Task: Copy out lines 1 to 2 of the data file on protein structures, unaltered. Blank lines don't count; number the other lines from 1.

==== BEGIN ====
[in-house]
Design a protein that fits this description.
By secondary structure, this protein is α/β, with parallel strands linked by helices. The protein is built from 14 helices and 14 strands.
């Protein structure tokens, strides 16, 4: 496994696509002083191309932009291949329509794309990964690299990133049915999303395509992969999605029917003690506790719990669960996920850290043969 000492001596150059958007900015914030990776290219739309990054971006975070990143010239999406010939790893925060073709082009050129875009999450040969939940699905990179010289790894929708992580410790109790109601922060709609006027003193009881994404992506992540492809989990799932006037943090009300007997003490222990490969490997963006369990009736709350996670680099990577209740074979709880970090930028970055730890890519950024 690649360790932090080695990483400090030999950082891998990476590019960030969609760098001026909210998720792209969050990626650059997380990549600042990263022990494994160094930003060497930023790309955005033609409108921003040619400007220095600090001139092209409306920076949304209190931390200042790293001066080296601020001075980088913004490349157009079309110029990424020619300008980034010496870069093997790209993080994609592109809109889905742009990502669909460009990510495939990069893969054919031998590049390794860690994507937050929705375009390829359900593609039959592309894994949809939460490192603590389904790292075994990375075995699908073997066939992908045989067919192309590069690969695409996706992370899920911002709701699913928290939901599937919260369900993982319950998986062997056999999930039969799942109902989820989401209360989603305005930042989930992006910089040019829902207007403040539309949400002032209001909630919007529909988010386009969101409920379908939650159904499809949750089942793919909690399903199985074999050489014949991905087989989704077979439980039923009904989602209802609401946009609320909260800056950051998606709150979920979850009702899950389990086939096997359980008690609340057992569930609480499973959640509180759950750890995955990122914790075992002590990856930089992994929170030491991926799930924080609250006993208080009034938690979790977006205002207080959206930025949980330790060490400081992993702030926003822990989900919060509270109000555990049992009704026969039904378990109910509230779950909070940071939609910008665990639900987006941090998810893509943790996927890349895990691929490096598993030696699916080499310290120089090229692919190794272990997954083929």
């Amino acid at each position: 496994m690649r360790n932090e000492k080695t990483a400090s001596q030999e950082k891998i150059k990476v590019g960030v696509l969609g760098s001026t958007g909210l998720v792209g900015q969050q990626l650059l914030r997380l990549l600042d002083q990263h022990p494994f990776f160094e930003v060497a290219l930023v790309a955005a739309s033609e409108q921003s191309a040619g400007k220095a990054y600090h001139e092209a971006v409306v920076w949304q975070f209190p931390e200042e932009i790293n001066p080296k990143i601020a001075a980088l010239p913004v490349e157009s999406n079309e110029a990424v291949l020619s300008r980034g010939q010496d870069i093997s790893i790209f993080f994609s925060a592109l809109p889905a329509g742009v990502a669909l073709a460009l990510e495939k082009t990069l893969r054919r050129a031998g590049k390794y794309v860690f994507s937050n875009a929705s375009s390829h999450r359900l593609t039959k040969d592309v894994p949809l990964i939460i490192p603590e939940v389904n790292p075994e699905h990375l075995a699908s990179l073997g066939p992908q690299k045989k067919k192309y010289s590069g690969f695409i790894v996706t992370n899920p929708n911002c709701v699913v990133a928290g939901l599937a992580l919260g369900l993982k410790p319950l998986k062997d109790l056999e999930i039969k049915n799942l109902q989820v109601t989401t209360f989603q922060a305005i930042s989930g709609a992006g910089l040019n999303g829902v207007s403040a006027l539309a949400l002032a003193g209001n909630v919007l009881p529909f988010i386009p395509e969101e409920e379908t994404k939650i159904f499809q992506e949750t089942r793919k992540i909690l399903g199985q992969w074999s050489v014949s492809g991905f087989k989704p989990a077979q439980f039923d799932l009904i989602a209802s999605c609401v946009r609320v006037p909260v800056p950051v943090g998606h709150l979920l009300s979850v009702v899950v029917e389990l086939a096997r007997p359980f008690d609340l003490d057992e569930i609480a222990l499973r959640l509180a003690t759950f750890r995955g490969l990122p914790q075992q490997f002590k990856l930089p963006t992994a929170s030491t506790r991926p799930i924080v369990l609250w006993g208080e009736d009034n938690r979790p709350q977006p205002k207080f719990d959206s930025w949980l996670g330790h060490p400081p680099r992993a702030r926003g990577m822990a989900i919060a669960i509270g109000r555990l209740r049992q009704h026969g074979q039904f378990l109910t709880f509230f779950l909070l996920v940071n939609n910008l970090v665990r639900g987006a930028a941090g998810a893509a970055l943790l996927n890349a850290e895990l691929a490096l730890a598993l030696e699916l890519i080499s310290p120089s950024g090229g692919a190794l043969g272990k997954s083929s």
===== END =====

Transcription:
[in-house]
Design a protein that fits this description.